Figure 3.The transmission pattern of cardiac impulses through the heart during normal sinus rhythm. Reproduced from theWikipedia Commons.

Cardiac muscle cells are connected to each other as a syncytium

In contrast to skeletal muscle, cardiac muscle fibers are made up of many individual muscle cells connected in series by one or more “intermediate discs” (Figure 4). At the molecular level, intercalated discs consist of a set of gap junctions that provide low-impedance electrical coupling between myocardial cells (atrial or ventricular). This design allows the electrical currents generated by an action potential in one cell to excite (depolarize) neighboring cells to threshold, so that the excitation wavefront propagates through the heart muscle (atrial or ventricular) in the direction in which the muscle fibers are aligned. Such cell-to-cell communication is necessary to produce a coordinated contraction of muscle cells within each heart chamber.

Gap junctions also allow for the propagation of metabolic or second messenger signals between cells. Gap junctions can "close" under pathologic conditions that commonly occur during myocardial ischemia (eg, chronic depolarization of adjacent cells, low pH).I, high approxI). Increasing gap junctional resistance may slow conduction, but may also help protect healthy myocardium from damage from a neighboring region of myocardial ischemia by physically isolating healthy cells from ischemic cells with pathologically low pHI, high approxIand depolarized resting potentials (analogous to closing the watertight doors to isolate the damaged area of ​​a torpedo-hit ship).

Figure 4.Schematic of a cross section of the ventricular myocardium. Cardiac muscle cells are striated in appearance and roughly rectangular in shape. Myocardial cells are serially connected to one another by one or more intercalated discs composed of a very high density of low-resistance gap junctions made up of connexin proteins that combine with connexin proteins on neighboring cells. These low-impedance connections allow action potentials to be passed from one cell to another.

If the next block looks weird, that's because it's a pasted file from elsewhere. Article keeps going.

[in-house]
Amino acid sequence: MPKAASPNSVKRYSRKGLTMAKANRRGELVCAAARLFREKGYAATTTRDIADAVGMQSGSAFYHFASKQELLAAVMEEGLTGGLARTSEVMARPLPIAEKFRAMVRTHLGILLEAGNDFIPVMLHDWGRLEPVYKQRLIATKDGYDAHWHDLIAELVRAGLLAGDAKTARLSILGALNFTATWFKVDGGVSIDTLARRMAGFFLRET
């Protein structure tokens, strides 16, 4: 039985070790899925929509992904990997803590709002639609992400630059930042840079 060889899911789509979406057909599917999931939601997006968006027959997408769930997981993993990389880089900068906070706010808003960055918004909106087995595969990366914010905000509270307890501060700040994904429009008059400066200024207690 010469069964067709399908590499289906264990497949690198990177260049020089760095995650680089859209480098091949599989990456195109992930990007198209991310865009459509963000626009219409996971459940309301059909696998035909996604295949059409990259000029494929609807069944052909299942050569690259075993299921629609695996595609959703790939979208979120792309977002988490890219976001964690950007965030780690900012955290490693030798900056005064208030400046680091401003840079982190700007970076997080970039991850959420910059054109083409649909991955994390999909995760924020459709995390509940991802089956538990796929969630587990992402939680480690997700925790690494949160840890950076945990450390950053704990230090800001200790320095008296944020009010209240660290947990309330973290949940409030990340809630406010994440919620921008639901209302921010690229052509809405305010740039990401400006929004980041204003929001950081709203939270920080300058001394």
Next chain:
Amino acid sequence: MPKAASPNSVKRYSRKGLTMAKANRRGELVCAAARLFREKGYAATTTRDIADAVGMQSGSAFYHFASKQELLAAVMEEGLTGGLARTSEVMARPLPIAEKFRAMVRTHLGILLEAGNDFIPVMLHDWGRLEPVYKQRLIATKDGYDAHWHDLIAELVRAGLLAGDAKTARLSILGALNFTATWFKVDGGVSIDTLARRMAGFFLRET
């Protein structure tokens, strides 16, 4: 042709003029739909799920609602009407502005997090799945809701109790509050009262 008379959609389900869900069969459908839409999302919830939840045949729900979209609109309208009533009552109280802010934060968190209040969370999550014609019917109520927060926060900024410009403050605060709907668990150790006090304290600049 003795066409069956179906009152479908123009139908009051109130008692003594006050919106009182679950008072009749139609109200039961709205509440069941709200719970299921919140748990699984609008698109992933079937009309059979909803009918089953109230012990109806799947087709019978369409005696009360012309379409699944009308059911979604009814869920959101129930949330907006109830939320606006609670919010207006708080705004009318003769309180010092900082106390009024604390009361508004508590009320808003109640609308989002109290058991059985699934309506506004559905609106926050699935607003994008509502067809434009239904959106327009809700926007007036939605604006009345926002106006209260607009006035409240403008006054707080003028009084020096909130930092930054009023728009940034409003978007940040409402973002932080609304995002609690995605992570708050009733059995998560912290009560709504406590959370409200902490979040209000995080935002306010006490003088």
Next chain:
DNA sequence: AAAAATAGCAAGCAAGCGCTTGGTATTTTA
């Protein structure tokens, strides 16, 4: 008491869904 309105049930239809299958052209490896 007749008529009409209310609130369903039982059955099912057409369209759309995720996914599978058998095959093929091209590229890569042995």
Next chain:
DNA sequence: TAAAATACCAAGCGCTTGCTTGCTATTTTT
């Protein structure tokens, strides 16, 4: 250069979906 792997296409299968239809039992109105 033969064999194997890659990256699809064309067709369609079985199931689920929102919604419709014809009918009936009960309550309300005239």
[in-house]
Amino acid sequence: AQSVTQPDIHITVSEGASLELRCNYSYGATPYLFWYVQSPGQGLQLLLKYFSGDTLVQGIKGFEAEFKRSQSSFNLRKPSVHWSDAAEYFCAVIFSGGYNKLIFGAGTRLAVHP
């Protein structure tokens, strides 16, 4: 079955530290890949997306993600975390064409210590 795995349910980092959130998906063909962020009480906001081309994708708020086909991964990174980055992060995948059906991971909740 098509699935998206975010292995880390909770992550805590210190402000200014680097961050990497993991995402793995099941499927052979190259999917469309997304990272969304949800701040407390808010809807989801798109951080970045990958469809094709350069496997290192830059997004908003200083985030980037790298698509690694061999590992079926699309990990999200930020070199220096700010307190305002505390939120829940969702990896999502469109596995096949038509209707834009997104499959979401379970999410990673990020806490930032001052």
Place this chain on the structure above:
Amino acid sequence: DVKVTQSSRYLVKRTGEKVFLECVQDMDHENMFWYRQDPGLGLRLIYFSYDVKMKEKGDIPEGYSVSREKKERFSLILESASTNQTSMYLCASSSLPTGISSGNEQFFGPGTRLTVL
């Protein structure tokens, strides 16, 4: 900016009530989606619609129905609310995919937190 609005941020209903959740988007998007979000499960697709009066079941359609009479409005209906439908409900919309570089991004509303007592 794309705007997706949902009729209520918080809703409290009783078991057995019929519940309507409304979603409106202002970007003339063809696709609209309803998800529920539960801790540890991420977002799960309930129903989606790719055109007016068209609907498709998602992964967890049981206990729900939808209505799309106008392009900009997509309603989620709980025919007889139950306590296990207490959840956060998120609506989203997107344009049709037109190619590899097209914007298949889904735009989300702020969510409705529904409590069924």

The surface electrocardiogram

The propagation of depolarization and repolarization that occurs during each heartbeat produces voltage changes that can be measured with electrodes placed on the body's surface. When measuring the voltage changes along the frontal plane between the right and left arms (lead I), a voltage profile similar to that in Figures 3 and 5 is observed. The initial propagation of the depolarization across the right and left atria creates a voltage deflection known asP wave.

The delay in conduction that occurs in the AV node creates a prolonged isoelectric pause after the P wave, which accounts for much of the P wavePR Interval(Figure 5). Changes in conduction time through the AV node, which may result from changes in autonomic tone, drug effects, or cardiac disease, result in changes in the PR interval.

The depolarization of the ventricular myocardium is detected asQRS complex, where the initial downward excursion (Q-wave) reflects the initial depolarization of the septum before the depolarization of the rest of the right and left ventricles. The depolarization propagates from the endocardium (where the Purkinje fibers terminate) outward to the epicardium. Factors affecting the normal propagation of depolarization in the ventricular myocardium (sodium channel blockers, myocardial ischemia, hyperkalemia) prolong the QRS duration.

TheT-Wellereflects ventricular repolarization, andthe QT interval reflects the time for complete ventricular repolarization. While the QT interval also includes the QRS interval (the time for ventricular depolarization), clinically there are times when the QRS takes on an odd shape and merges with the T wave, making it impossible to detect the end of the QRS to distinguish from the beginning of the QRS T wave. Therefore, the QT interval is used as a convention to measure the time it takes for the ventricle to repolarize after the onset of depolarization.Events abnormally prolonging the QT interval(K-channel blockers, mutations in ion channels - long QT syndrome)are typically proarrhythmic (increasing the likelihood of multifocal ventricular arrhythmias such asTorsade de Pointes) and are therefore potentially life-threatening.

Because the duration of action potentials is shorter in the epicardium than in the endocardium, repolarization occurs first in the epicardium, followed by repolarization in the endocardium (Figure 5). This causes the T wave to have an upright configuration. The surface electrocardiogram can be measured from many different orientations (e.g., the standard clinical electrocardiogram is measured using 12 surface leads), which can be used to accurately determine the nature and extent of various types of cardiac pathologies. More details are provided in separate modules.